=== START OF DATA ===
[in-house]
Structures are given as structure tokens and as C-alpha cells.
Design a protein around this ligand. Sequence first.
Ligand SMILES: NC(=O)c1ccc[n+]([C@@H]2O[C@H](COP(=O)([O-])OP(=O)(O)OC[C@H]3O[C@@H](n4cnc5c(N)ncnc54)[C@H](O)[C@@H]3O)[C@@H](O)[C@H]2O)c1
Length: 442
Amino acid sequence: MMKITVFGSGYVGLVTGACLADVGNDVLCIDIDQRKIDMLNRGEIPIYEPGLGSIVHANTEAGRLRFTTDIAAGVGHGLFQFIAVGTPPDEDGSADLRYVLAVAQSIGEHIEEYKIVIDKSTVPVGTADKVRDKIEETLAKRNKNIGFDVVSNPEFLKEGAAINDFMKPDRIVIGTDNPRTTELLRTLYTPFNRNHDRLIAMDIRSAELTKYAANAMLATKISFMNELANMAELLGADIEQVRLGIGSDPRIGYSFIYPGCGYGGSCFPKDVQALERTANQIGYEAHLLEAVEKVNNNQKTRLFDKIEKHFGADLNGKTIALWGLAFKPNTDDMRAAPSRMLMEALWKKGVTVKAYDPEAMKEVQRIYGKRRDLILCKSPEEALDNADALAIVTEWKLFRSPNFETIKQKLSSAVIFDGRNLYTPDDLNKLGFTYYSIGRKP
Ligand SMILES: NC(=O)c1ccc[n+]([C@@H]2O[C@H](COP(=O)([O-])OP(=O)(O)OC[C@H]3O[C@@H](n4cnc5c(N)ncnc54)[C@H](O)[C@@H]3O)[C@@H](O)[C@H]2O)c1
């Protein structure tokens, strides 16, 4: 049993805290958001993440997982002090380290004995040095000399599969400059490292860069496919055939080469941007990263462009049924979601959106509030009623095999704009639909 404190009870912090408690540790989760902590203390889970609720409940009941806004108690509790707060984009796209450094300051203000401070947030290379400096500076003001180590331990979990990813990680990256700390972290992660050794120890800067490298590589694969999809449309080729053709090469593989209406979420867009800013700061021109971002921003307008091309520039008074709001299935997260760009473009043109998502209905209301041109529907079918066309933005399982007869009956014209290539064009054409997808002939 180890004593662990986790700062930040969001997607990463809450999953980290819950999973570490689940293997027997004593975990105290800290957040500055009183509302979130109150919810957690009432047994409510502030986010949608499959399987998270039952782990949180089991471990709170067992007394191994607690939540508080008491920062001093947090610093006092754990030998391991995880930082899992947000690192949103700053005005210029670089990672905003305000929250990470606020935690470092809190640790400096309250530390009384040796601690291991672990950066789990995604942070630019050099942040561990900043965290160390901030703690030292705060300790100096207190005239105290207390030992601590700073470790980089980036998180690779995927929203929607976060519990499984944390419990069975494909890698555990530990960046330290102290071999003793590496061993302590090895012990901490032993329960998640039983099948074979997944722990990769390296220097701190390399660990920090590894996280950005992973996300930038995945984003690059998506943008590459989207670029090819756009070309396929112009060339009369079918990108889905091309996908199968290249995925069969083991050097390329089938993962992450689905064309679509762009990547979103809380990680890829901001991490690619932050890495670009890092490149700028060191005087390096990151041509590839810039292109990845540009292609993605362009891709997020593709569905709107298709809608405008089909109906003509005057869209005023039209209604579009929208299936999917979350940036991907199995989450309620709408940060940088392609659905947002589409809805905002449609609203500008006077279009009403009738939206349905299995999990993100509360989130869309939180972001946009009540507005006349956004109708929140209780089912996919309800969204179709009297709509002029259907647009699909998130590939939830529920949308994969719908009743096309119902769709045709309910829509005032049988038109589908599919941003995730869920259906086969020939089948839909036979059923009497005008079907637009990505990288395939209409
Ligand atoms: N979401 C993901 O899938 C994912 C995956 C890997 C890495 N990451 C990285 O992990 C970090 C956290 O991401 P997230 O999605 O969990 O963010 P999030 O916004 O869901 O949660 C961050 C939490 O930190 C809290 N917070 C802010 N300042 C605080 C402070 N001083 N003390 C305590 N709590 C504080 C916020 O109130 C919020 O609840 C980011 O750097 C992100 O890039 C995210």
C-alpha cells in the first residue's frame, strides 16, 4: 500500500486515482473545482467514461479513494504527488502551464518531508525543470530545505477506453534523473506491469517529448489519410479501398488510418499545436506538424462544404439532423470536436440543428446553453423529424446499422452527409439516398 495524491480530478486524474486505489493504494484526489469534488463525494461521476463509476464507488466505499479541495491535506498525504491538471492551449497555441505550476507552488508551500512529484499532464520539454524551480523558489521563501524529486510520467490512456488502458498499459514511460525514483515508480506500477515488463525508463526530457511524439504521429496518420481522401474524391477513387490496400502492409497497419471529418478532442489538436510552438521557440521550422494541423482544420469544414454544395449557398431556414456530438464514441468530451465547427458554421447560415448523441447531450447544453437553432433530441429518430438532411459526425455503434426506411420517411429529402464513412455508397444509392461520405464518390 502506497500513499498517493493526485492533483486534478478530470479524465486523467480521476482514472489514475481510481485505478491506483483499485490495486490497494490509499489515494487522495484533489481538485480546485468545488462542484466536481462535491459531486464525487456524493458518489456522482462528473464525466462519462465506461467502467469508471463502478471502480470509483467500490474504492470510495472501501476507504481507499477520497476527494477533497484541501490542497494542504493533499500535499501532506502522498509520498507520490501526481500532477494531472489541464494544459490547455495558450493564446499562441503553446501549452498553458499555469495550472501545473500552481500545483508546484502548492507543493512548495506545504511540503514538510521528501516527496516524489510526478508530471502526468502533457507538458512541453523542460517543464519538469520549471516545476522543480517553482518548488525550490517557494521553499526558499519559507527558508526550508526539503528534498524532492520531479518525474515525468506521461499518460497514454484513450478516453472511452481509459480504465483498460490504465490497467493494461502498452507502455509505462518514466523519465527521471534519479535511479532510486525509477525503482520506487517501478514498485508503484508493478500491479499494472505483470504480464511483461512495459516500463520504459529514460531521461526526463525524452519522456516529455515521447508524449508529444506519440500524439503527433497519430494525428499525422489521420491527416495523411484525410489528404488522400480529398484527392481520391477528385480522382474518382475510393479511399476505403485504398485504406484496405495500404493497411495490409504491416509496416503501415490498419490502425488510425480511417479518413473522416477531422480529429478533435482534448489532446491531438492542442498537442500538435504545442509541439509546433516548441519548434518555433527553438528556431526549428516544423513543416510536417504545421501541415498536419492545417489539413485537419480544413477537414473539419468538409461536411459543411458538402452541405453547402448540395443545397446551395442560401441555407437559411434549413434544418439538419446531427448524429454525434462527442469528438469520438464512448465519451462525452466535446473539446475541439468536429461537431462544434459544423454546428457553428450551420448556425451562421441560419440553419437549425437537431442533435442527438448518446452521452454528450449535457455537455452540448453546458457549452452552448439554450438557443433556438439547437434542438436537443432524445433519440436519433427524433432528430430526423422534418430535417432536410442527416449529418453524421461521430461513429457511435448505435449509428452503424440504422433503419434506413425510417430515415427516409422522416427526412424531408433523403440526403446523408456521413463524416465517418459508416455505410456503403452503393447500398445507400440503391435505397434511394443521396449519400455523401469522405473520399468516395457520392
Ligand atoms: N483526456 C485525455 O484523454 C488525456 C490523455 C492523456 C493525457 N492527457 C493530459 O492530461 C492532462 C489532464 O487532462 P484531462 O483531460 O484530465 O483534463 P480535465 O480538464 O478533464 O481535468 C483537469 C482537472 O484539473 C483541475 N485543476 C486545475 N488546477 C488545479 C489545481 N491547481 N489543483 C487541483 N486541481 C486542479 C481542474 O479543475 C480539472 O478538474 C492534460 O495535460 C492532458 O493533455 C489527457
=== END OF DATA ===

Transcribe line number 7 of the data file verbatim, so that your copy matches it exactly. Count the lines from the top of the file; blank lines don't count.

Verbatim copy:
Ligand SMILES: NC(=O)c1ccc[n+]([C@@H]2O[C@H](COP(=O)([O-])OP(=O)(O)OC[C@H]3O[C@@H](n4cnc5c(N)ncnc54)[C@H](O)[C@@H]3O)[C@@H](O)[C@H]2O)c1